Birds still played an important part in Darwin's theory.  But it was a different group that influenced Darwin's ideas on natural selection: pigeons. Charles Darwin was a pigeon fancier. The Victorian Period (1830-1900) was known for it's Cabinets of Curiosities. These were for people to display their collections, and people loved to collect and display all sorts of natural history items - fossils, exotic skins and furs, artifacts, etc.  People extended their curios to live animals, as Victorian England also saw an increased interest in animal husbandry and breeding. Collections of cattle, dog, sheep, and pigeon breeds were common. But Darwin wasn't just a collector and keeper of pigeons, he turned his pigeons into an experiment.  He found that he could take one species, Columba livia, and, through selective breeding, breed hundreds of varieties.  By choosing which male pigeon mated with which female, he could study how variation could be introduced into a population, and how specific variable characteristics could be passed from one generation to the next.  It was these observations during pigeon breeding - artificial selection - that he could articulate how the environment could drive changes in the wild - natural selection.

From Chapter 1 of The Origin of Species"Although an English carrier or short-faced tumbler differs immensely in certain characters from the rock-pigeon, yet by comparing the several sub=breeds of these breeds, more specially those brought from distant countries, we can make an almost perfect series between the extremes of structure."

Unlike finches, which never made it into The Origin of Species, pigeons made the cut and took center stage.  Darwin opens his book (or "abstract", as he put it since he intended to publish many volumes) with a chapter on domestication. The fact that his seminal work begins with domestication, not variation in nature, was a huge surprise to me the first time I read The Origin of Species, but it makes perfect, beautiful sense. Artificial selection is the key to Darwin convincing readers of his ideas. By the end of Darwin's book, he has laid out a series of logical steps that takes the reader from relatable experiences into the whole of nature:

  1. Individuals in a population are not all identical.
  2. This variation is heritable.
  3. Variation affords different advantages and disadvantages to individuals in a population.
  4. Through selective breeding, man can alter species.
  5. If man can direct change (artificial selection), it can also happen in nature (natural selection).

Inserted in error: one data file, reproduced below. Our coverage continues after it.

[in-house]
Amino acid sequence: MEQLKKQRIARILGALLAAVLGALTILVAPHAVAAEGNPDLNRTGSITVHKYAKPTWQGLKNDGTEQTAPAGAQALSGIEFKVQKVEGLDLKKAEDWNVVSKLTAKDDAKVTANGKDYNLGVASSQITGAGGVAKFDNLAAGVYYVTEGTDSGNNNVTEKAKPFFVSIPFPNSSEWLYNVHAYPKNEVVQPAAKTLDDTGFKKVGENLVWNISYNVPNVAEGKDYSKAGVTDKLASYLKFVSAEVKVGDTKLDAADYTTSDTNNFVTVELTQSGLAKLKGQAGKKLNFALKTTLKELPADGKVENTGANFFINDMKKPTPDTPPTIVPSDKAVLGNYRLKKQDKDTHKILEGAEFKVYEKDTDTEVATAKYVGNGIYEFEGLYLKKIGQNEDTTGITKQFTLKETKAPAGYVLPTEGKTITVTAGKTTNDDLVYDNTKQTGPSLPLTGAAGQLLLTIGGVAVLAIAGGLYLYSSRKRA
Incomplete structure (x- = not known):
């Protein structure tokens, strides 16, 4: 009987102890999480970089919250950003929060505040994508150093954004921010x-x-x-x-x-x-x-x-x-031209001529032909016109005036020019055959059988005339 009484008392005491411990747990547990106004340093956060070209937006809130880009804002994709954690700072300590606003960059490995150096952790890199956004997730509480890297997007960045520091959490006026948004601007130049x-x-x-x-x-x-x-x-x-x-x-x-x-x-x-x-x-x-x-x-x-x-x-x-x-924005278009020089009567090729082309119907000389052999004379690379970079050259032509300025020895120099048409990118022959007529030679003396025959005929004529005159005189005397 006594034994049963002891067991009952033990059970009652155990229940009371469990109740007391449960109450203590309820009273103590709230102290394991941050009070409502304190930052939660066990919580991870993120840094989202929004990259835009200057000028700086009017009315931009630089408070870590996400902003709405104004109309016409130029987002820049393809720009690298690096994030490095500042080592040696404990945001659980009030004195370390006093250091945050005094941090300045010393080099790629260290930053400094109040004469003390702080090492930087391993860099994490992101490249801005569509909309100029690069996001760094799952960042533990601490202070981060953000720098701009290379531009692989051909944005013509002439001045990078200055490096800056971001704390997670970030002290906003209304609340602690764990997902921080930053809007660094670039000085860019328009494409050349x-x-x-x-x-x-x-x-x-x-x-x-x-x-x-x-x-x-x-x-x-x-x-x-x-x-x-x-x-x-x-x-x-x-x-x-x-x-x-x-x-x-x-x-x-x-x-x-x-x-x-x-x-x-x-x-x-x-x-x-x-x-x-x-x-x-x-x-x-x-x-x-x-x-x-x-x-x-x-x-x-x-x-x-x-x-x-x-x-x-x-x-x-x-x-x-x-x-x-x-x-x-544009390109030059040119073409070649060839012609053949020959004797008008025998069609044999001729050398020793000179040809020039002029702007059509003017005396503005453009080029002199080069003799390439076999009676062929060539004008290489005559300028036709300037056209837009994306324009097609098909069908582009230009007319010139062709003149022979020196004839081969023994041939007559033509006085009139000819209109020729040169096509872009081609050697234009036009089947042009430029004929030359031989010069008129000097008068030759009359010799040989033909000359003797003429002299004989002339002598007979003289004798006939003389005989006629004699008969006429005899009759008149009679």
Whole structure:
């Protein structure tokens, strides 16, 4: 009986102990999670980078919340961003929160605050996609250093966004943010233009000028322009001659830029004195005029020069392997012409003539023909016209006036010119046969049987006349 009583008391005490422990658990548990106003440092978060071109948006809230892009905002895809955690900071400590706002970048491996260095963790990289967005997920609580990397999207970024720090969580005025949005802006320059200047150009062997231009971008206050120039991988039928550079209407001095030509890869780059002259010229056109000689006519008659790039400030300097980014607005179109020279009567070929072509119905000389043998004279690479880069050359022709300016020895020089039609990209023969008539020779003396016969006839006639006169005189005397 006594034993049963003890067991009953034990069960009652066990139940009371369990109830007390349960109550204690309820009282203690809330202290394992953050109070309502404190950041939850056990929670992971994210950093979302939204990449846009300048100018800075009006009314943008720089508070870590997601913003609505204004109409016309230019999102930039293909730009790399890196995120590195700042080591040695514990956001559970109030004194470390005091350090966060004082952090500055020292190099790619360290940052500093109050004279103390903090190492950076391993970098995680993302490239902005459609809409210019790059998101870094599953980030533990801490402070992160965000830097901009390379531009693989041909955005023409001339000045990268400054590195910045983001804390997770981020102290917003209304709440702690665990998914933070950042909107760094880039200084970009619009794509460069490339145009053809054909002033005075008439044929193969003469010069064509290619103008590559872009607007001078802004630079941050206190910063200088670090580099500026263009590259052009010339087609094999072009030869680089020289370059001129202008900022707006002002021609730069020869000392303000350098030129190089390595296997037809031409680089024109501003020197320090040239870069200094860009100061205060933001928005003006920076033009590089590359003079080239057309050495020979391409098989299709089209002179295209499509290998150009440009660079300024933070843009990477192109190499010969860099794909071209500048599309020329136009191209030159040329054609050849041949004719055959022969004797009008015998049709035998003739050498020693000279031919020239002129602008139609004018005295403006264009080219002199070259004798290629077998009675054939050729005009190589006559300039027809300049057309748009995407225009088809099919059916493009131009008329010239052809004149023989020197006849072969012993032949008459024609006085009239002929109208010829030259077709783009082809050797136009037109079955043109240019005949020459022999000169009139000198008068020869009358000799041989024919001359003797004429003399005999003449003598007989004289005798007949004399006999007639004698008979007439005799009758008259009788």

Obligatory Discussion of Sex

An important aspect of natural selection is sexual selection - where reproductive success is a result of an individual's success in securing a mate (rather than avoiding death before reproducing). As Darwin states in Chapter 4 of The Origin of Species
"[Sexual selection] depends, not on a struggle for existence, but on a struggle between the males for possession of the females; the result is not death to the unsuccessful competitor, but few or no offspring."
To emphasize this point, Darwin invokes examples from peacocks and birds of paradise. Birds are textbook examples of sexual selection. Many male species have flamboyant plumage and intricate courtship rituals they use to attract female partners.  In the case of birds of paradise, male plumage would obviously make them more obvious to predators, but it would seem that the drive for mate selection out-weighs pressures from predators.  Another example (perhaps a bit closer to home) is the cardinal. Males have evolved bright red plumage to help them attract mates, while the females are more drab to help with camouflage. If female cardinals are choosing mates with the brightest plumage (as a sign of their vitality), then the genes that control bright colors in males are being preferentially kept in the population.  Darwin expands on his ideas of sexual selection in The Descent of Man and Selection in Relation to Sex (1871).

A Celebration of Birds

The connection between Darwin and birds and his articulation of natural selection is undeniable.  Since 1859, evolutionary theory has grown.  While natural selection is still a driving force of change, we have added to that the knowledge of genetics and mutations. Despite additions to Darwin's original idea, birds have continued to play a significant role in the past 156 years of research supporting evolutionary theory.  And it's time to celebrate!

This year, 2015, we are excited to host our first Darwin Day celebration at the Sternberg Museum of Natural History!  Darwin Day is held on or around Darwin's birthday - February 12.   Choosing a theme for our first Darwin Day didn't prove to be as difficult as we feared. In this year's event, we are celebrating the huge impact birds and bird research has made on our understanding of evolutionary theory. Avian analogies are fantastic for hands-on lessons on natural selection, sexual selection, camouflage, ecosystem structure, sexual dimorphism, observing patterns in nature, and unique adaptations. And we can't wait to share this with the community!